‘A Journal for Jordan’ Review: Michael B. Jordan and Chanté Adams Shine in Denzel Washington’s True-Life Heart-Tugger

The new movie is based on a memoir by the former New York Times reporter Dana Canedy, and in terms that are romantically glowing but not cloyingly starry-eyed, it tells the story of Canedy — ambitious, vivacious, emotionally solitary — and First Sergeant Charles Monroe King, the upright military man she met, fell in love with, and came out of her brainy shell to be with. It’s the fourth feature directed by Denzel Washington, and unlike his last one, the epic and lacerating "Fences" (2016), this one takes us back to the life-affirming feel-good middlebrow sincerity of his first two films as a director, "Antwone Fisher" (2002) and "The Great Debaters" (2007).
Dana and Charles have a long-distance relationship, and when he first visits her, we grin at how quickly the taking-it-slowly thing falls away, and at how anguished he feels in the suave suit she wants to buy him. She has opened a door — for herself, and for others — that she feels she can’t let shut. Jordan makes Charles a rock-solid presence, but the film takes its zigs and zags from how Chanté Adams plays Dana as affectionate yet demanding, to the point that it chafes at Charles. (He’s so used to his scruffy sneakers and baggy Army duds that he thinks he looks like an accountant.) She lives in New York, where she’s one of the few Black reporters on the Times and therefore feels incredible pressure attached to everything she does.
It leaps ahead to when Dana is a single mother, with a son, Jordan, played by the intensely compelling Jalon Christian, who holds the camera with his delicate intelligence. This is the kind of unvarnished prosaic heart-tugger that used to be thought of as an Oscar movie, and no longer is — though the hope, I suspect, is that it’s now a so-old-it’s-new-again kind of Oscar movie. No doubt. The cataclysm of 9/11 changes everything for Dana and Charles, but the film doesn’t just culminate in what happens to him in combat. Washington, working from a script by Virgil Williams ("Mudbound"), stages "A Journal for Jordan" in big broad direct strokes. Is this a corny device? Does it work? That you likely won’t resist it is a testament to Washington’s plainspoken conventional embrace as a filmmaker.” /> The film’s title refers to the journal of thoughts and messages that Charles, on active duty, began to write to Jordan, after he’d come home and met his infant son.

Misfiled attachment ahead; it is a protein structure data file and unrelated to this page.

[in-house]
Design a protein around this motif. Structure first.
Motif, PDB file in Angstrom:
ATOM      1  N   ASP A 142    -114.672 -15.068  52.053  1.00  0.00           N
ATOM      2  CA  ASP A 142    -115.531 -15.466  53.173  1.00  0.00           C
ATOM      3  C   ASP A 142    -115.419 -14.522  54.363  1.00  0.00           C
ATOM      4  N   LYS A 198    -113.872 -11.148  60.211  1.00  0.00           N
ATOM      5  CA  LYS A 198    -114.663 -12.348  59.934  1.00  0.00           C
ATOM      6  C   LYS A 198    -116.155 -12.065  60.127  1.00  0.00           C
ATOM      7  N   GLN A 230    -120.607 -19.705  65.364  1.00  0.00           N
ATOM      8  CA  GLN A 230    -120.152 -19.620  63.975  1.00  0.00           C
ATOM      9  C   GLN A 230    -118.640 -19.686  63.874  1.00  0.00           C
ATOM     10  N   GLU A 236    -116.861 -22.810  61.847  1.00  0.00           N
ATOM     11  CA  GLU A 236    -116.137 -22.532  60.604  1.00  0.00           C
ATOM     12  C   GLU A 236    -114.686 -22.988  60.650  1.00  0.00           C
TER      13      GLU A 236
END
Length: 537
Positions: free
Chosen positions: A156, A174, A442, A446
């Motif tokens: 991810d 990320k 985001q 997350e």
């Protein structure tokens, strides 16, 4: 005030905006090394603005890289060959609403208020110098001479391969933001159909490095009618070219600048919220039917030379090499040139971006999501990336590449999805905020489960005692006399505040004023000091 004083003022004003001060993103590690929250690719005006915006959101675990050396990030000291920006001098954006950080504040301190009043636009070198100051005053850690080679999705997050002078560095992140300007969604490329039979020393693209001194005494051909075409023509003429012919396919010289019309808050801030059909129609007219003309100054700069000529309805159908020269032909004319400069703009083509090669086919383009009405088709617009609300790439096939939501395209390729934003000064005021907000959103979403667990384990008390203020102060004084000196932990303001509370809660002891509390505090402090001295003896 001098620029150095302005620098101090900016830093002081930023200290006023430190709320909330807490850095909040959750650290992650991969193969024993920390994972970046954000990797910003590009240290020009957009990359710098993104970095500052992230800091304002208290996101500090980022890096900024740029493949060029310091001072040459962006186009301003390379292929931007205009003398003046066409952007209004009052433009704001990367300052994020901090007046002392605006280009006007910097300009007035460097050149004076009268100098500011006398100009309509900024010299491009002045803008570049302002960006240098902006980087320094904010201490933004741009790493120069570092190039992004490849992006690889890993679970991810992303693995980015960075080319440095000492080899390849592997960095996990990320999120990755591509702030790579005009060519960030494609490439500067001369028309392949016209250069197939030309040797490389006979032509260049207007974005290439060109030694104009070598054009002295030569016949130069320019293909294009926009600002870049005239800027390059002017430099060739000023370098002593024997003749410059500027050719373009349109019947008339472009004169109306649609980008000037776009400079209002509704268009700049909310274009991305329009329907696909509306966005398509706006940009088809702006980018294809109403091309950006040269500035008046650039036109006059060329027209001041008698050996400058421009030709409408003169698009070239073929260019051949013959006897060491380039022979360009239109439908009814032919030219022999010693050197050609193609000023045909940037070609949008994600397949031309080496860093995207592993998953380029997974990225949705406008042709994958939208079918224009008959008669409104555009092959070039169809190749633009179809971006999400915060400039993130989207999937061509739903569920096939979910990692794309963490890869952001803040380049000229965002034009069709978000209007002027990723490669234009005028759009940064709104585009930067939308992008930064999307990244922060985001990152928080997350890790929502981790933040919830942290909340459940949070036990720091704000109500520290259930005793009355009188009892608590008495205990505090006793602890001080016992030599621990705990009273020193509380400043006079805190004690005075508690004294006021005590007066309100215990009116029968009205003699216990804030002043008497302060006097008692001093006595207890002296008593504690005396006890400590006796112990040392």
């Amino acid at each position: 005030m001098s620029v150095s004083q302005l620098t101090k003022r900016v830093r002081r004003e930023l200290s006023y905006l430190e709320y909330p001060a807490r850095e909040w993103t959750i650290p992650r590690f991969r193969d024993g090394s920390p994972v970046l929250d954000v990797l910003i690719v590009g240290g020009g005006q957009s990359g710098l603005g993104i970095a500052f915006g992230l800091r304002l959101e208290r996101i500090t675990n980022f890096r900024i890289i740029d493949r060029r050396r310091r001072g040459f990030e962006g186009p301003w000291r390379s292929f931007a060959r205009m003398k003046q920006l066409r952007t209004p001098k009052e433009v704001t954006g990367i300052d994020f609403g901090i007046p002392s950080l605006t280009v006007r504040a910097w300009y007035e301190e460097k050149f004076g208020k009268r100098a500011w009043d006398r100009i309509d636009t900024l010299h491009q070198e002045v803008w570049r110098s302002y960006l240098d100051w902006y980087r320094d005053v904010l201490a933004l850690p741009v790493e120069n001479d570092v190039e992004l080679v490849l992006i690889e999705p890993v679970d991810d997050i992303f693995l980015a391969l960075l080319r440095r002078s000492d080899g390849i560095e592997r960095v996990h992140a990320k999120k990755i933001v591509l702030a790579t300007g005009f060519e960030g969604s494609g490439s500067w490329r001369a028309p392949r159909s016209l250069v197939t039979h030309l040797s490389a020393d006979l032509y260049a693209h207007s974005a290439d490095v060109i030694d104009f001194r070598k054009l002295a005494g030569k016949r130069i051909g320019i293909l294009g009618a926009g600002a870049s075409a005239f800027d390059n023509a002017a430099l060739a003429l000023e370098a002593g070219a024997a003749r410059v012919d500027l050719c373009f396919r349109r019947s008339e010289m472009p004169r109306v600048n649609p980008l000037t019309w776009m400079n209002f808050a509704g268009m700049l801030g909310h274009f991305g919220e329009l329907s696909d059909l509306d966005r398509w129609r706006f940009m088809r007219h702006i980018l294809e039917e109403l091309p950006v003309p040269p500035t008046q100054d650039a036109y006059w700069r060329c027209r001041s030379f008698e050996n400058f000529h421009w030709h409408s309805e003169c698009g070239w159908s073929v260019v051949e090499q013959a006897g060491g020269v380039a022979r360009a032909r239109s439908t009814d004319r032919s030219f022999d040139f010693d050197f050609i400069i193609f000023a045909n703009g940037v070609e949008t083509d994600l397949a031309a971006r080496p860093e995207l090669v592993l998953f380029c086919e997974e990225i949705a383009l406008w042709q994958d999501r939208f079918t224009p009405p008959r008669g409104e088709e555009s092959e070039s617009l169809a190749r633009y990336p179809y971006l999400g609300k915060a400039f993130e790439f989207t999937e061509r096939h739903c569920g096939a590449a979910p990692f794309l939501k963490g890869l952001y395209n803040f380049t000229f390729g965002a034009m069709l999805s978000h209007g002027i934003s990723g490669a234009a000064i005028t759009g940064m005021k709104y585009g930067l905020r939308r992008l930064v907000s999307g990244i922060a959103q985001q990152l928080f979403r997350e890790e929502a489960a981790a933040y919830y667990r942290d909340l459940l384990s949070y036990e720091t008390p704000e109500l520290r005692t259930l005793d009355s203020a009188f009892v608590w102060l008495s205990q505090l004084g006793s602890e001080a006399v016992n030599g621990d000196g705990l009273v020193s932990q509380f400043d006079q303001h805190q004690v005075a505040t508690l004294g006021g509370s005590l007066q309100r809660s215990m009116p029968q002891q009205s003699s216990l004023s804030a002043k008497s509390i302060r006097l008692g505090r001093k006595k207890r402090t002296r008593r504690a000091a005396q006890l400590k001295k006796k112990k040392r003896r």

But this will continue to happen. What she’s fighting isn’t some sleazy side of Charles; it’s his very commitment, which she regards as noble but, in this case, misplaced. And she's right. Early on, when they’re in separate cities and Dana is expecting to hear from Charles, he never calls, and he offers what sounds like a reasonable excuse: One of his soldiers had a baby, there were complications, he felt he needed to be there. But the cultural differences between them don’t just cutely melt away. But that devotion to his soldiers sticks in Dana’s craw. She lets us know why it tears Dana apart. She’s furious ­— and Adams doesn’t play this as a rote scripted tantrum. What makes "A Journal for Jordan" more just than a holiday-movie schmaltz soufflé is that these two are in love, but in some ways they're incompatible; that's part of the film's honesty.